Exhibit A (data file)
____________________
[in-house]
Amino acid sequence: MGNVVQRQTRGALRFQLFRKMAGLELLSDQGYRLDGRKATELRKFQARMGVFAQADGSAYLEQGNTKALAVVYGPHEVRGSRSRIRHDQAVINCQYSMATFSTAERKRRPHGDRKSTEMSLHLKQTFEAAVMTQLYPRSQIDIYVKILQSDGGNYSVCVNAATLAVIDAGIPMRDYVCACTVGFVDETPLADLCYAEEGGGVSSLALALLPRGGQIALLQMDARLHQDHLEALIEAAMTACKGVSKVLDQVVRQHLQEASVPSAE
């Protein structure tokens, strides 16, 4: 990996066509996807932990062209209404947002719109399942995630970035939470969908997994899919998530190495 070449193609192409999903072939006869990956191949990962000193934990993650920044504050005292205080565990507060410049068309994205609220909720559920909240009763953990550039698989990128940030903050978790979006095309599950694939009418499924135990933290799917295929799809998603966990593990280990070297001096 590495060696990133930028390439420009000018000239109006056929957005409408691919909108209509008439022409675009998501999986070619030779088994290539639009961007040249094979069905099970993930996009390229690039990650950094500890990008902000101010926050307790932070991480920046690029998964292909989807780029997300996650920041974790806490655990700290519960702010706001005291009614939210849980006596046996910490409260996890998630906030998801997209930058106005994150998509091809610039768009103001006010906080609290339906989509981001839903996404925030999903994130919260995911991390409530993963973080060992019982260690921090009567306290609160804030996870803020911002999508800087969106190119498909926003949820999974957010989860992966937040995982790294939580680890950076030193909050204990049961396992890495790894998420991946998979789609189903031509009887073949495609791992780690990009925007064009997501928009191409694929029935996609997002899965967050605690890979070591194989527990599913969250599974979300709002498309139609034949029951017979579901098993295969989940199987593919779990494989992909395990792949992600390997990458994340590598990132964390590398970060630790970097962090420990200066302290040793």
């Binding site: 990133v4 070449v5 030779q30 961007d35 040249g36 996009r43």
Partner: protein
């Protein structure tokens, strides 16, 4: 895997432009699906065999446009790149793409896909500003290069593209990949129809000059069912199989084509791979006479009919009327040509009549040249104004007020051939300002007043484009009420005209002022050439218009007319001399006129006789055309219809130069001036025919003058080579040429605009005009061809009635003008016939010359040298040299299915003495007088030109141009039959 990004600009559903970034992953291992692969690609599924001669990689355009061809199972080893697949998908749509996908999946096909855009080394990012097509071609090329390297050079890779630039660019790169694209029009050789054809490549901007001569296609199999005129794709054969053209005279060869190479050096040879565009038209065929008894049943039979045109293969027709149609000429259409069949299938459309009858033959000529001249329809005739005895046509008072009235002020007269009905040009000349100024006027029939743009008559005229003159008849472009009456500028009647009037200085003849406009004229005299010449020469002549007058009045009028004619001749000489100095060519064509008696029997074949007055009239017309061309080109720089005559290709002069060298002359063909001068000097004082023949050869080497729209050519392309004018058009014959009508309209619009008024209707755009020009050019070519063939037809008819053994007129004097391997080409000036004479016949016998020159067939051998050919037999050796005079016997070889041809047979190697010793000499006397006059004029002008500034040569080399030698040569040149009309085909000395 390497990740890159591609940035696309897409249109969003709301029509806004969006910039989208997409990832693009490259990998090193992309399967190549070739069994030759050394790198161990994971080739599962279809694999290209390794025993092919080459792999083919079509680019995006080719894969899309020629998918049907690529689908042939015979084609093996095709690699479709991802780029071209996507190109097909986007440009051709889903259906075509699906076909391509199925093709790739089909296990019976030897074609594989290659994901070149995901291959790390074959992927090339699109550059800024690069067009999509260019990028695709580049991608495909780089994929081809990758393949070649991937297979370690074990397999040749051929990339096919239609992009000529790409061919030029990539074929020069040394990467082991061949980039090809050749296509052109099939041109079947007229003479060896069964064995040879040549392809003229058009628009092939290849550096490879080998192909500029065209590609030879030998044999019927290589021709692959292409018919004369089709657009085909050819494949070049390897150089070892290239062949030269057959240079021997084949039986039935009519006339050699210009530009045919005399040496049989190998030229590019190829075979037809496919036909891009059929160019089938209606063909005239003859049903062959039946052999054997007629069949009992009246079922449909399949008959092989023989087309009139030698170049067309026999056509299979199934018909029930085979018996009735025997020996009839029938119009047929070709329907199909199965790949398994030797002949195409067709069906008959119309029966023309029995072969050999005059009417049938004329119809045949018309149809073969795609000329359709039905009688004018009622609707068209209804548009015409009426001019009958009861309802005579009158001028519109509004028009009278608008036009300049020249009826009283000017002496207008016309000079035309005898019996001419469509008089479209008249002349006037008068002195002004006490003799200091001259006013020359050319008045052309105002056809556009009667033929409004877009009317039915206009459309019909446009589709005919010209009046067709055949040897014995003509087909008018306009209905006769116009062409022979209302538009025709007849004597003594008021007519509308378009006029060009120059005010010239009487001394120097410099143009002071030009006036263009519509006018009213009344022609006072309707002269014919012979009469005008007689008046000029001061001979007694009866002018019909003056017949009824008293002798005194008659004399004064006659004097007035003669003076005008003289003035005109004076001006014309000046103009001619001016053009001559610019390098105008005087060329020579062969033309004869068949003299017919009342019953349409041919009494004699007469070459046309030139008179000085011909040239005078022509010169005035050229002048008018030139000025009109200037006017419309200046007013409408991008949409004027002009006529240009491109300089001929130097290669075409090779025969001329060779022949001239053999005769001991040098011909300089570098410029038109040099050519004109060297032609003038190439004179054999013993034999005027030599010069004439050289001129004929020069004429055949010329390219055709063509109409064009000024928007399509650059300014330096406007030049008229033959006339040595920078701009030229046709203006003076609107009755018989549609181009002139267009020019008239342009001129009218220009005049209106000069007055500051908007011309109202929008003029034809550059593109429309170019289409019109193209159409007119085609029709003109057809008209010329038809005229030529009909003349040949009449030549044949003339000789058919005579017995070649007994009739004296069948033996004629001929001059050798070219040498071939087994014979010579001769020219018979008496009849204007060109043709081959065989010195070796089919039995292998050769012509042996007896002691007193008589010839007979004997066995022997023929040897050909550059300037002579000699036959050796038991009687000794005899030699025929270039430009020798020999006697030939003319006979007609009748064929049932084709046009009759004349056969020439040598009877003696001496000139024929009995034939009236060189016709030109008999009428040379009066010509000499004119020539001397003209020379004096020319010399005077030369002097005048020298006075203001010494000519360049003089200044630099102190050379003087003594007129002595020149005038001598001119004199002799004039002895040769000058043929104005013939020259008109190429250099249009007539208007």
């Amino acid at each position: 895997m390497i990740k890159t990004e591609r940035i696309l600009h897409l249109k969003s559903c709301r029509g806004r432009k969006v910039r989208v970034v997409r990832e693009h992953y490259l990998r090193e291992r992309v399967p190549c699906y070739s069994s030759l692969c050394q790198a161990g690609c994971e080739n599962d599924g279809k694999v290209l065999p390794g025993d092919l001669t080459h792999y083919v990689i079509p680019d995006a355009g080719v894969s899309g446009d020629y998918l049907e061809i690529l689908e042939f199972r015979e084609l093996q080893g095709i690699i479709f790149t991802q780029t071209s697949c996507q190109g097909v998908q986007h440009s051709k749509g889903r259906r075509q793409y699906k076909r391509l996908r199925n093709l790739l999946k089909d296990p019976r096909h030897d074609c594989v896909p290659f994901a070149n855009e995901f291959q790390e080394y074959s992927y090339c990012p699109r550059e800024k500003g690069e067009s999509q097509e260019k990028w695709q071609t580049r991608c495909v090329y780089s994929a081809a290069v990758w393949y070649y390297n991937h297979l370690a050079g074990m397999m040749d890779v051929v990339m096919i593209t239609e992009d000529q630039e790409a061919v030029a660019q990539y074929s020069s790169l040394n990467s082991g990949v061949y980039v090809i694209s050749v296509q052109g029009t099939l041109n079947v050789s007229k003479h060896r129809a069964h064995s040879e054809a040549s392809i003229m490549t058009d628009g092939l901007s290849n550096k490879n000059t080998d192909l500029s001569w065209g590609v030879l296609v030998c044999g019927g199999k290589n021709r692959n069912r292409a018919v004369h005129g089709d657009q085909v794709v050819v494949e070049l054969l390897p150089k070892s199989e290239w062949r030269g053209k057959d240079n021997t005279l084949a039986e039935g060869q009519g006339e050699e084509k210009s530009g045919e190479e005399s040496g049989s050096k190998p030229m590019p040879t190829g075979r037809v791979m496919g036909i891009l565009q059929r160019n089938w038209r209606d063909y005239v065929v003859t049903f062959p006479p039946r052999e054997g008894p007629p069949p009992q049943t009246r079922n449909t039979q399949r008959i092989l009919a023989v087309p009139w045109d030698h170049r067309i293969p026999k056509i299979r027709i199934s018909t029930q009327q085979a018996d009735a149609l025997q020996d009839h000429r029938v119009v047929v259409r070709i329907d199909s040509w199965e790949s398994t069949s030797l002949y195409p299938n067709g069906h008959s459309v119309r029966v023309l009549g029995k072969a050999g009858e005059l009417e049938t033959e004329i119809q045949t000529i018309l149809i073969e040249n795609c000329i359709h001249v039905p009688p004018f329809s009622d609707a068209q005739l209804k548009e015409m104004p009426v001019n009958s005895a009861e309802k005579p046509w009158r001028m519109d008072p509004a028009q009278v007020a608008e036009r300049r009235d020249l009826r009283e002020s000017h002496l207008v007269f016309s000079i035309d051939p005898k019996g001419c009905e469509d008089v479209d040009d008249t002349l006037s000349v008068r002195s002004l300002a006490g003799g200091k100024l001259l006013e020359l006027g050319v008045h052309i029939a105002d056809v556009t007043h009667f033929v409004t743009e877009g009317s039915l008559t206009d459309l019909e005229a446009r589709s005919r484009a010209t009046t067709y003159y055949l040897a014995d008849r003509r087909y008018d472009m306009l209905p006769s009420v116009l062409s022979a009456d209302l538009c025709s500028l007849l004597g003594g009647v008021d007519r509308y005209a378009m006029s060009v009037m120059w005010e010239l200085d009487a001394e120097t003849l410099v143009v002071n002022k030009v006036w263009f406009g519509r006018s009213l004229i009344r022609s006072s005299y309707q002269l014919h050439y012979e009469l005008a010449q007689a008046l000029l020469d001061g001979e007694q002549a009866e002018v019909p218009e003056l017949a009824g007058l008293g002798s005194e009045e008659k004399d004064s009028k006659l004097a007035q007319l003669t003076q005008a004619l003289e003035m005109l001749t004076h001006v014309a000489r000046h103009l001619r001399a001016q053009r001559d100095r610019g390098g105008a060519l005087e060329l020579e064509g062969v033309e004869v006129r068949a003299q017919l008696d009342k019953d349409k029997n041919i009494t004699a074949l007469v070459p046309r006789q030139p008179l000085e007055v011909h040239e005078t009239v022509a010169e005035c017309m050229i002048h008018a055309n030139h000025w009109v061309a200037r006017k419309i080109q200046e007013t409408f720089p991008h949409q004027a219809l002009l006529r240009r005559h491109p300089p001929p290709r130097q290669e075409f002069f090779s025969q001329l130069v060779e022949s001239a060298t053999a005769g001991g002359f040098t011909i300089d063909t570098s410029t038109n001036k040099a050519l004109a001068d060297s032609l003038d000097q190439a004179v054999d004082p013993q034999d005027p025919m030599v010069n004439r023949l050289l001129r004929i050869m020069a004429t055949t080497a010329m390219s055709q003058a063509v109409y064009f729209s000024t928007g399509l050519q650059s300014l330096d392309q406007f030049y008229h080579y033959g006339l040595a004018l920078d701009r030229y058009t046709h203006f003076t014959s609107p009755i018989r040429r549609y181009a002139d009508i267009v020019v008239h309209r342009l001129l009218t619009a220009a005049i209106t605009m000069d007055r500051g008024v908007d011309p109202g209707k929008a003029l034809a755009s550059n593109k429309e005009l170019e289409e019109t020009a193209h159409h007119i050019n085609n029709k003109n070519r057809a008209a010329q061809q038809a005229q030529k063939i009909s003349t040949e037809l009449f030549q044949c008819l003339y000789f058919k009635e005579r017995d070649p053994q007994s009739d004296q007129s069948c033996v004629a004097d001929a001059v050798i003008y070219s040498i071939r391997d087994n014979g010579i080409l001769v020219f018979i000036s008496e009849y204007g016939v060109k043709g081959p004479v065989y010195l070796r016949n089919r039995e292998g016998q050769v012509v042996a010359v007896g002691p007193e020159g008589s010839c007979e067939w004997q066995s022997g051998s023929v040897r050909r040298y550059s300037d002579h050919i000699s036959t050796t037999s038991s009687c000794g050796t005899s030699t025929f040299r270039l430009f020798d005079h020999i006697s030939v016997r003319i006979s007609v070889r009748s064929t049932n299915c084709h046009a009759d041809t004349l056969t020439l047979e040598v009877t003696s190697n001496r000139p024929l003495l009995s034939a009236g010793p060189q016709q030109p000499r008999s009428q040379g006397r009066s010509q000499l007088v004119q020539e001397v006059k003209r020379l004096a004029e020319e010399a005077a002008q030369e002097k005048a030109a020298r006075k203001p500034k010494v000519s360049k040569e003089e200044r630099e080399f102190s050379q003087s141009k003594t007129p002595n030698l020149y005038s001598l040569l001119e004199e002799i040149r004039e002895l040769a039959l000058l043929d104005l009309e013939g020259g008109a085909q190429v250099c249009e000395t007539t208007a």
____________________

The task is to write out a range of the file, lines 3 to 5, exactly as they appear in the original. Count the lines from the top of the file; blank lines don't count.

């Protein structure tokens, strides 16, 4: 990996066509996807932990062209209404947002719109399942995630970035939470969908997994899919998530190495 070449193609192409999903072939006869990956191949990962000193934990993650920044504050005292205080565990507060410049068309994205609220909720559920909240009763953990550039698989990128940030903050978790979006095309599950694939009418499924135990933290799917295929799809998603966990593990280990070297001096 590495060696990133930028390439420009000018000239109006056929957005409408691919909108209509008439022409675009998501999986070619030779088994290539639009961007040249094979069905099970993930996009390229690039990650950094500890990008902000101010926050307790932070991480920046690029998964292909989807780029997300996650920041974790806490655990700290519960702010706001005291009614939210849980006596046996910490409260996890998630906030998801997209930058106005994150998509091809610039768009103001006010906080609290339906989509981001839903996404925030999903994130919260995911991390409530993963973080060992019982260690921090009567306290609160804030996870803020911002999508800087969106190119498909926003949820999974957010989860992966937040995982790294939580680890950076030193909050204990049961396992890495790894998420991946998979789609189903031509009887073949495609791992780690990009925007064009997501928009191409694929029935996609997002899965967050605690890979070591194989527990599913969250599974979300709002498309139609034949029951017979579901098993295969989940199987593919779990494989992909395990792949992600390997990458994340590598990132964390590398970060630790970097962090420990200066302290040793």
């Binding site: 990133v4 070449v5 030779q30 961007d35 040249g36 996009r43």
Partner: protein